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Acta Phlebologica 2002 August;3(2):69-73

Copyright © 2002 EDIZIONI MINERVA MEDICA

language: English

Influence of elastic compression on venous return in athletes

Arpaia G. 1, Mastrogiacomo O. 1, Pelicioni E. 2, Aloisi D. 2, Grassi F. 3, Oliverio T. 4, Ponte E. 4, Scondotto G. 2, Cimminiello C. 1

1 Vascular Unit of Medicine 2 Department, Ospedale Civile, Vimercate (Milano); 2 Angiology Service and Day Hospital Mengodi, Bologna; 3 Angiology Department, S. Camillo Hospital, Roma; 4 Angiology Unit, Trieste University, Trieste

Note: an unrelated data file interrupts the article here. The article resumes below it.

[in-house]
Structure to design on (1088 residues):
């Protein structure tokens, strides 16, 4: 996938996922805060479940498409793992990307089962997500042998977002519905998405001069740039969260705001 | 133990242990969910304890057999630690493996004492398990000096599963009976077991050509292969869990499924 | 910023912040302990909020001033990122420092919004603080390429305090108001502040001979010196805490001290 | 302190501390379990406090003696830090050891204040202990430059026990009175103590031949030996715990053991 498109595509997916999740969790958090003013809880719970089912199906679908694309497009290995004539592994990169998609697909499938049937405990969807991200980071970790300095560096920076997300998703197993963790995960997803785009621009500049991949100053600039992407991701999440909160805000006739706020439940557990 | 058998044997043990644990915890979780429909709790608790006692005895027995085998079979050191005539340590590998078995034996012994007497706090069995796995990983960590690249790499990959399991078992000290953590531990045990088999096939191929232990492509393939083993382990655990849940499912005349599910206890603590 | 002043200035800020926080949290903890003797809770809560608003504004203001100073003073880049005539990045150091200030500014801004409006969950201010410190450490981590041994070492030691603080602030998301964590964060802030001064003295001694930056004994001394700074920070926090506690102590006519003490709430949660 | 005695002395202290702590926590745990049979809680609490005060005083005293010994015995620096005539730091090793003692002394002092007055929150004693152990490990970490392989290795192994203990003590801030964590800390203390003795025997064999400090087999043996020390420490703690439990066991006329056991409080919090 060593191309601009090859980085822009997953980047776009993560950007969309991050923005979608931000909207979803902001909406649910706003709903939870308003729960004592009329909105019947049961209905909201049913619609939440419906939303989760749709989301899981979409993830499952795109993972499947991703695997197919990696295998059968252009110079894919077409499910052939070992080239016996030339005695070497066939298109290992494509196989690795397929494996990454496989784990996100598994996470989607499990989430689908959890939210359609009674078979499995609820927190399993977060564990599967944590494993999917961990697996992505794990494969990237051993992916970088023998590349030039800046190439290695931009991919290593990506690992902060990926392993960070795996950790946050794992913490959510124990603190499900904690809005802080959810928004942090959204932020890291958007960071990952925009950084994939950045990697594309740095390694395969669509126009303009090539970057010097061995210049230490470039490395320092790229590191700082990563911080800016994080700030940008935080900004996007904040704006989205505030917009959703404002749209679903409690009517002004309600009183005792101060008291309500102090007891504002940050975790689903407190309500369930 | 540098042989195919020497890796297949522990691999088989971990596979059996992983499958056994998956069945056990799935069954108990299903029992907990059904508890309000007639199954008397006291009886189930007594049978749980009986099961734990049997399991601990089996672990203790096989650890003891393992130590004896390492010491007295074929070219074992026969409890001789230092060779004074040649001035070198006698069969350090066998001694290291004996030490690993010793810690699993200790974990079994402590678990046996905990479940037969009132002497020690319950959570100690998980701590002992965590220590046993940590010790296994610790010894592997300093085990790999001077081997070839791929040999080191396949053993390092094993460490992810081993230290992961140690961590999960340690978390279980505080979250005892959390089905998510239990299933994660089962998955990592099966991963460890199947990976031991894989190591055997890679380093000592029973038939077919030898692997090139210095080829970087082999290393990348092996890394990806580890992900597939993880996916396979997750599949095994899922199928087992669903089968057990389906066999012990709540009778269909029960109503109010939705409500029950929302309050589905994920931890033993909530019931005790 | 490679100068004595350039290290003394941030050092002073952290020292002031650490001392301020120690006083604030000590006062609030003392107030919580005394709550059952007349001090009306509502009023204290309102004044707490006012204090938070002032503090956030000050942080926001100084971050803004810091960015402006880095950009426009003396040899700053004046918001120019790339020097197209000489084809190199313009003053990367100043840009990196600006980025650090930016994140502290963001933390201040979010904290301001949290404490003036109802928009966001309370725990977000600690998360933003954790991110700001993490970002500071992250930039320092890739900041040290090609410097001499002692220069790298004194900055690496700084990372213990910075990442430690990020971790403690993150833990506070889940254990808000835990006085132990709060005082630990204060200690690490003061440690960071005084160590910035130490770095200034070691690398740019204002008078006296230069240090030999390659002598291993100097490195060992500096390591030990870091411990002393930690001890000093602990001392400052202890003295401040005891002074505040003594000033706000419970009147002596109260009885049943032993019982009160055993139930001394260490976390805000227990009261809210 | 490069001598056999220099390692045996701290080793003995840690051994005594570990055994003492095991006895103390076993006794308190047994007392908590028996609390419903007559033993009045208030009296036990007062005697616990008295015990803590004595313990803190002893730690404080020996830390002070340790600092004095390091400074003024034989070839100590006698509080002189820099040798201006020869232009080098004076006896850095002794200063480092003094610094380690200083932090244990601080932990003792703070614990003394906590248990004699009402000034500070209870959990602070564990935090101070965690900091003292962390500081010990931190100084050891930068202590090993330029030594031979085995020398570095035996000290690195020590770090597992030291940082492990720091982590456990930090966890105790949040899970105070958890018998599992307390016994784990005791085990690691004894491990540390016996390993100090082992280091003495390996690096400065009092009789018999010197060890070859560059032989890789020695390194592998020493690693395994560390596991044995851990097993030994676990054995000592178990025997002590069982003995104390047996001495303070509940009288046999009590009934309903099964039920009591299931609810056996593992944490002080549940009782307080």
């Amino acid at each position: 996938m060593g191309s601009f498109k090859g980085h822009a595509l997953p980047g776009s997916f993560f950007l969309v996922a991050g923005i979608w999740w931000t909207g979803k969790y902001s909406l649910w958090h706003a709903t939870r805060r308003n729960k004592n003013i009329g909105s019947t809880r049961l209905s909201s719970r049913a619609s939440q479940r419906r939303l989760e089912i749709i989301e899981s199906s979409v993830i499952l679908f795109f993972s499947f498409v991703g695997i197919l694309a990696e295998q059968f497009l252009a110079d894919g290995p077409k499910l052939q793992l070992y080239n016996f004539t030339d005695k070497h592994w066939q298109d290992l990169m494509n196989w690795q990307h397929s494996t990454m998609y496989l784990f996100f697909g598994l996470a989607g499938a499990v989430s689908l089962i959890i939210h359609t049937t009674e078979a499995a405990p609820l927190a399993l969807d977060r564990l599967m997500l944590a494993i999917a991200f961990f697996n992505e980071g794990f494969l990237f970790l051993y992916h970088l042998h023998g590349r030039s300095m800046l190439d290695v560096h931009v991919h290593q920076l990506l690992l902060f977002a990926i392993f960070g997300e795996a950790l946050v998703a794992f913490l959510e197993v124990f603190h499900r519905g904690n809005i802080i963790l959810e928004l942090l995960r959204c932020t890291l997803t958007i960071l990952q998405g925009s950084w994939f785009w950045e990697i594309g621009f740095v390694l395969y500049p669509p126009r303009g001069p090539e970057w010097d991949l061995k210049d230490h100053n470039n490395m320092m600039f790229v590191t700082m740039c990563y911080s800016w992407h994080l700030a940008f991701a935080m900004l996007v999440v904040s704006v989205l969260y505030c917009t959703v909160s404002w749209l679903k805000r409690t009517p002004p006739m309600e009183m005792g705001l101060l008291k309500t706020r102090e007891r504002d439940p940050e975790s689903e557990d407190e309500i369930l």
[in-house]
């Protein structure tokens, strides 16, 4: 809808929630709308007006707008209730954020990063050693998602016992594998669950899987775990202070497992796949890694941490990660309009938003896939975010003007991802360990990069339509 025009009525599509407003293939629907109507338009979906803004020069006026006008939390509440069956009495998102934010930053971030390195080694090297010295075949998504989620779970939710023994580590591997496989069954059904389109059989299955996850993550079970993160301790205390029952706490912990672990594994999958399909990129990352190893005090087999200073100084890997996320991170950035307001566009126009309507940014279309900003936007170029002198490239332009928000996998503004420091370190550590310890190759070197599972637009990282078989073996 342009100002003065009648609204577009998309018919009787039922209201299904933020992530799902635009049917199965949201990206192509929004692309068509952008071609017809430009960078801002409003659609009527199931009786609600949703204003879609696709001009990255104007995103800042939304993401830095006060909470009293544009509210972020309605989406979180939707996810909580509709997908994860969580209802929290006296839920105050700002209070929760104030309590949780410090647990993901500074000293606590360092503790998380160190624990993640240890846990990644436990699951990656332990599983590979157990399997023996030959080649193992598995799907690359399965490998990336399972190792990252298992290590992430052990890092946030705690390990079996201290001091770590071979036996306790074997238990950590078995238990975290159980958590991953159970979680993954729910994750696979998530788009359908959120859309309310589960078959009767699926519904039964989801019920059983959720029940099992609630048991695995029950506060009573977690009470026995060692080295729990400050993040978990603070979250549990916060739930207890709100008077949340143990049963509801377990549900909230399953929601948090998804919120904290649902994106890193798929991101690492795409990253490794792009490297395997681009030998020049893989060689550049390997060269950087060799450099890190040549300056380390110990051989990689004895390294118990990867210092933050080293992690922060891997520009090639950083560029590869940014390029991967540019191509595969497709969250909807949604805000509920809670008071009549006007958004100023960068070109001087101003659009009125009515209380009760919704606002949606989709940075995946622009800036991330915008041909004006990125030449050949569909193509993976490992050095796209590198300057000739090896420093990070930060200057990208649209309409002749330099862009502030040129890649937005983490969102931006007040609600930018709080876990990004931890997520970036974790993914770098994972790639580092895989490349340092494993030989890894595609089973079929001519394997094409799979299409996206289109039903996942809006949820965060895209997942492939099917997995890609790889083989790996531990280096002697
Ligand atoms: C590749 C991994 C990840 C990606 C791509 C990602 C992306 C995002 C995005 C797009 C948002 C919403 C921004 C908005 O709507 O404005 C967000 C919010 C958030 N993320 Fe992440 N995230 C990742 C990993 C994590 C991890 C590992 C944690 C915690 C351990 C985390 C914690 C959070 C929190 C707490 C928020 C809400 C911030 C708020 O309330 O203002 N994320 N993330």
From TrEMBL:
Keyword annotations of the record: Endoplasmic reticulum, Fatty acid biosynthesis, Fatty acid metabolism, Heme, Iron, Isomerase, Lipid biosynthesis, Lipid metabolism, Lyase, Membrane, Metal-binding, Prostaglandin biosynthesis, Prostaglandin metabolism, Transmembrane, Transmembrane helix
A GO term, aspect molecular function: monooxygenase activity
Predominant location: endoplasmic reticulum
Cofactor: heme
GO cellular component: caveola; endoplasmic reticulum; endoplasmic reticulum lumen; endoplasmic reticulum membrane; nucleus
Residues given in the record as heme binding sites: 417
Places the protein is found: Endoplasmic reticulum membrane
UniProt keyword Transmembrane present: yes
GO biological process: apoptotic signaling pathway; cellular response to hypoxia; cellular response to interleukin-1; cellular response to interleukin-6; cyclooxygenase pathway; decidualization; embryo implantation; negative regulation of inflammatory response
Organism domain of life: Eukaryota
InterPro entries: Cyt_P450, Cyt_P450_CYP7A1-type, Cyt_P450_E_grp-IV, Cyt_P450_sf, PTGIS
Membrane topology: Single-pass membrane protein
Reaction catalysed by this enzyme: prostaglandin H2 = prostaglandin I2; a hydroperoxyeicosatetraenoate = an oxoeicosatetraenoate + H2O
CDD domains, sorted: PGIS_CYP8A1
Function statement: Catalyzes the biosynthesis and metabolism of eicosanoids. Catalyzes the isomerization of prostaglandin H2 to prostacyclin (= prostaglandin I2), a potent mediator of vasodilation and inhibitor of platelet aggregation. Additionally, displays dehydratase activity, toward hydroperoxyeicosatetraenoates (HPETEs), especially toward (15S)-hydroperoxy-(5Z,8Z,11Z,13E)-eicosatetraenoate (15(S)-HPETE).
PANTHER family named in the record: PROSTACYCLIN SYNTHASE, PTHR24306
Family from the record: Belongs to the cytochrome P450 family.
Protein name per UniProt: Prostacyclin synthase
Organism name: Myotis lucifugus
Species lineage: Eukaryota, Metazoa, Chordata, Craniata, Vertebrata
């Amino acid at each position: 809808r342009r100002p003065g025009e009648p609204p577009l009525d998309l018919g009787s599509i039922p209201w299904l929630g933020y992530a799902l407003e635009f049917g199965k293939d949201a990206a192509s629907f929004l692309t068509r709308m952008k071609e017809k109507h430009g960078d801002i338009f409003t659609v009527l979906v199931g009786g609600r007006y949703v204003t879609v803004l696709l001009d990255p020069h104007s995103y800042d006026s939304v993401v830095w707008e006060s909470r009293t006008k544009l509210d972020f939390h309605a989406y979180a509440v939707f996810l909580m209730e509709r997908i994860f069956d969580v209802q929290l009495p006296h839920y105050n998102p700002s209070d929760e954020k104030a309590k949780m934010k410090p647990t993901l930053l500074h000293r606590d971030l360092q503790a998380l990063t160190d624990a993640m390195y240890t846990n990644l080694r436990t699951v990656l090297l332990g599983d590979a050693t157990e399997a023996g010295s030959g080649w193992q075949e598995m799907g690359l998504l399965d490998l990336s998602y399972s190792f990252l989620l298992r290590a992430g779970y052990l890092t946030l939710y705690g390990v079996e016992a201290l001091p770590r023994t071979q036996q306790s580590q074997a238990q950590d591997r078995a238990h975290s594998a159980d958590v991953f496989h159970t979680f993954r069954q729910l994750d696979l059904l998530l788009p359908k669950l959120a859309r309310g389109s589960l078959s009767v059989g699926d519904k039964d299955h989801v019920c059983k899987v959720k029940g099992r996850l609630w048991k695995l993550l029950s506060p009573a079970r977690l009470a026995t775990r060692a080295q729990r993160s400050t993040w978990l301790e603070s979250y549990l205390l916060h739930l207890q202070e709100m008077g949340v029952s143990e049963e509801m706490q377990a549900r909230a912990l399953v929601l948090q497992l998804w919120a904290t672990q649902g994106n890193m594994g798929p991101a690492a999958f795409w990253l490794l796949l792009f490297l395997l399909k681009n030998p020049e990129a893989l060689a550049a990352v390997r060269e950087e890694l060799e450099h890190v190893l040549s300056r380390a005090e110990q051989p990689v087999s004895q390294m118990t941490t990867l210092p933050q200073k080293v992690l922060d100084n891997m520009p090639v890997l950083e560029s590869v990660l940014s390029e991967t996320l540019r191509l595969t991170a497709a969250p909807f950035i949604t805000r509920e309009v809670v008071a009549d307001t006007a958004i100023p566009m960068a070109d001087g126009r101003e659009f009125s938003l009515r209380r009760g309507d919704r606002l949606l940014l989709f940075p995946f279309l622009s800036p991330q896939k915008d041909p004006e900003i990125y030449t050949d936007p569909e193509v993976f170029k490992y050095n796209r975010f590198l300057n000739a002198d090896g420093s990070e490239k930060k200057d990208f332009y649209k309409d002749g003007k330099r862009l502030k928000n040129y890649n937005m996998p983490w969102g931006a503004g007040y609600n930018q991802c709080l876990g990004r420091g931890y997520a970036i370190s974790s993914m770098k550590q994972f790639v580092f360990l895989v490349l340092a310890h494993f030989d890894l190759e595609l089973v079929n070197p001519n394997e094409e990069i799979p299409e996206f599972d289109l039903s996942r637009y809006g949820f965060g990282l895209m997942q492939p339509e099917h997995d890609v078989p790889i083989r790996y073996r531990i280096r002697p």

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The ­venous cir­cu­la­tion in ath­letes can be affect­ed by a syn­drome of “exces­sive ­flow” ­caused by exer­cise. This can ­cause ecta­sia of the ­veins depend­ing on the ­type of ­sport prac­ticed, may be due to pro­longed ­high ­intra-tho­rac­ic or abdom­i­nal pres­sure. There are ­very few pub­li­ca­tions on the ­effects of elas­tic com­pres­sion on sport­ing per­for­mance in ath­letes ­with no ­overt ­venous pathol­o­gy. In ­small ­series of ath­letes run­ning ­short or mid-­length rac­es and ­short mar­a­thons, or play­ing ten­nis, rhe­o­graph­ic, ple­thys­mo­graph­ic and ­echo-Doppler inves­ti­ga­tions ­have ­shown fast­er ­venous emp­ty­ing. Aim of ­this ­study is to ­assess the “­acute” hemo­dy­nam­ic ­effects of elas­tic ­hose giv­ing ­class I com­pres­sion in ath­letes (Varisan Top – CIZE­TA Medicali). The ­study ­group com­prised 38 peo­ple of ­both sex­es (29 ­males, 9 ­females), hemo­dy­nam­ic chang­es ­were ­assessed on the ­basis of reflect­ed-­light rhe­o­graph­ic find­ings (RLR). Filling ­time T0, T90, T1/2 and Delta R was the ­assessed param­e­ters. Each leg is con­sid­ered as one “func­tion­al ­unit”, so the ­results ­were ana­lysed on the ­basis of the ­total num­ber of ­limbs (76). There was a sig­nif­i­cant reduc­tion in refill­ing ­time ­after walk­ing ­with the elas­tic ­hose. In con­clu­sion it ­would ­appear ­that the use of ­class I elas­tic ­hosiery influ­enc­es hemo­dy­nam­ics in ath­letes ­with no clin­i­cal­ly or instru­men­tal­ly detect­able ­venous pathol­o­gies. Previous obser­va­tions, ­though ­based on ­small num­bers, sug­gest ­that the ­effects are favor­able not ­only on hemo­dy­nam­ics but ­also on mus­cle metab­olism, ­with pos­sible reper­cus­sions on ath­let­ic per­for­mance.

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